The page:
Granada – “The Grand Sultan”
You’d never know that during its illustrious history the city of Granada has been set alight on several occasions. William Walker, the American filibuster, who was routed from the city in 1856, was one of many to toss a match over his shoulder on his way out. Walker left a sign in the square reading, “Granada was here”. Well, thankfully it still is – and there were plenty of others who have tried to destroy it. Before Walker it was the British and French privateers who had a go. In 1664 Henry Morgan came this way. In fact Morgan made his name as one of the most cunning and resourceful of the privateers when he pillaged Granada. From the Caribbean he sailed up the River San Juan and crossed Lake Nicaragua. To ensure he uncovered all the treasure hidden in the city, it’s said that he seared the flesh of its citizens, or subjected them to a good old session of “woodling”, which is to say he tied a band round his victims heads and tightened it with a stick until their eyes popped out. Not to be outdone by Morgan, Captain Lawrence Prince, a Dutchman from Amsterdam, visited the city in the early 1670s. He was described as something of a desperado by the Spanish, who said that he, ‘…made havoc and destruction, sending the head of a priest in a basket, and declaring he would deal with the rest of his prisoners in the same manner, unless they gave him 70,000 pesos ransom.’ The city was founded in 1524 by Francisco Hernandez de Cordoba. It was nicknamed the Grand Sultan for its Moorish and Andalucian appearance. This is Nicaragua’s oldest colonial city and became a rich trading centre for its proximity to the Pacific and the relative ease by which goods from the Caribbean Sea could transit River San Juan and Nicaragua Lake, beside which the city lies. Despite the numerous fires it is still an architectural gem. It will be interesting to see how things may change in Granada if/when the Chinese funded “Nicaragua Canal” (the one to rival the Panama Canal) is completed, though I don’t suppose they’ll set it alight.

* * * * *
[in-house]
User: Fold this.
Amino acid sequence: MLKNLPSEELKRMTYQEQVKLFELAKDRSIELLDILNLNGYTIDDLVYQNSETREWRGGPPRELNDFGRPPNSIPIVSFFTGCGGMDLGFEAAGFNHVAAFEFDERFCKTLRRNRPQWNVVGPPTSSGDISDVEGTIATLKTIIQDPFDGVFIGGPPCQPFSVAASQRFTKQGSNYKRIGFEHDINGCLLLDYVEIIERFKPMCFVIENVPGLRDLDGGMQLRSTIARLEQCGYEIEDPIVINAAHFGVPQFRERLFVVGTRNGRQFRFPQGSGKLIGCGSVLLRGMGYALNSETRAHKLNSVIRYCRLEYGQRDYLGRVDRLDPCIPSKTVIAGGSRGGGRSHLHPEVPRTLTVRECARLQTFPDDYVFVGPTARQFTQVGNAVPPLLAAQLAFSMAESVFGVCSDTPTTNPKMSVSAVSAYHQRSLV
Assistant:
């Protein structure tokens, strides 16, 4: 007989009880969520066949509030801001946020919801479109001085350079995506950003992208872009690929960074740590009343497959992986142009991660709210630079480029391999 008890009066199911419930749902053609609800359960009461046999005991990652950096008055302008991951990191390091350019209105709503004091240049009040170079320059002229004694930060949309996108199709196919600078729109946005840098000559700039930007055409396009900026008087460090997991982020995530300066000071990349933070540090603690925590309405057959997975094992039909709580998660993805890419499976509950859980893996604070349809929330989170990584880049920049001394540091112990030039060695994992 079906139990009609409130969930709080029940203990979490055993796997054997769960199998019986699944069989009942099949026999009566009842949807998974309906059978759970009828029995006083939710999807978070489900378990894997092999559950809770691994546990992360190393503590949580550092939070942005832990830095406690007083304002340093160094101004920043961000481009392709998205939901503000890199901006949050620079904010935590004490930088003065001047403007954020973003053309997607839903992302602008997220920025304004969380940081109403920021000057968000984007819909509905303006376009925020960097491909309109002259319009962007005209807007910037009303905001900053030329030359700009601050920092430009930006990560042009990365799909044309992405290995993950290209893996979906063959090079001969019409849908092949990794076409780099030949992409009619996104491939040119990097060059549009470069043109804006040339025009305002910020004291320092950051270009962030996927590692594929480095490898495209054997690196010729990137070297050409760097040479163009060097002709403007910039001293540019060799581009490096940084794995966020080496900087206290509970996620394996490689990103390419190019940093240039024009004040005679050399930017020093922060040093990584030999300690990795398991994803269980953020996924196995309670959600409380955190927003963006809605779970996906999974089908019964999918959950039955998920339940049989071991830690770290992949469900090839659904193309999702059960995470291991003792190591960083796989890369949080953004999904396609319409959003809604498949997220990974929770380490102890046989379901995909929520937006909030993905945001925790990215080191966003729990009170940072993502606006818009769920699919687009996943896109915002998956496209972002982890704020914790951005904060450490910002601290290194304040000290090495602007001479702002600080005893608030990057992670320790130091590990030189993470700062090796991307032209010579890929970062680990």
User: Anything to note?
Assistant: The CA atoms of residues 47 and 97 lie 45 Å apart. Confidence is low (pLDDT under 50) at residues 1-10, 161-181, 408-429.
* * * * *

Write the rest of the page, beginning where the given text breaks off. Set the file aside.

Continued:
Masaya Volcano National Park
The twin volcanoes Nindiri and Masaya are Nicaragua’s most active. The Santiago crater last erupted in December 2008…not that that stops the Nicaraguans from parking their cars beside it. We even camped the night a kilometre or so beneath it. ‘Ah, you won’t have any problems here,’ the park rangers said, as they locked up the park gates and cleared off home for the night. ‘Okay, see you tomorrow,’ we called back. Oh, we have such blind faith in these fellows. Though we had a peaceful sleep, it has to be said, following two nights in Granada’s fire station. In days gone by the Indians believed a hag deity living in the bottom of the crater bestowed great wisdom upon them. Such advice, however, never comes for free, with a few unfortunate maidens and children finding themselves ceremoniously chucked over the rim. When the Spanish arrived they called a halt to all this heretical nonsense, declaring the bubbling, fiery crater to be the very “Gates of Hell”. In 1529, in the hope of keeping the demons in and the savages out, Friar Francisco de Bobadillo stuck a cross on the crater rim. And then one of his brethren cried, ‘Hey! Just a minute. Isn’t that liquid gold bubbling in the bottom?’ Was this the El Dorado the Spaniards had heard so much about? The church was most definitely not above a bit of gold speculation. The Plaza Oviedo honours the priest who climbed down into the crater, only to find it was lava. Poor chap.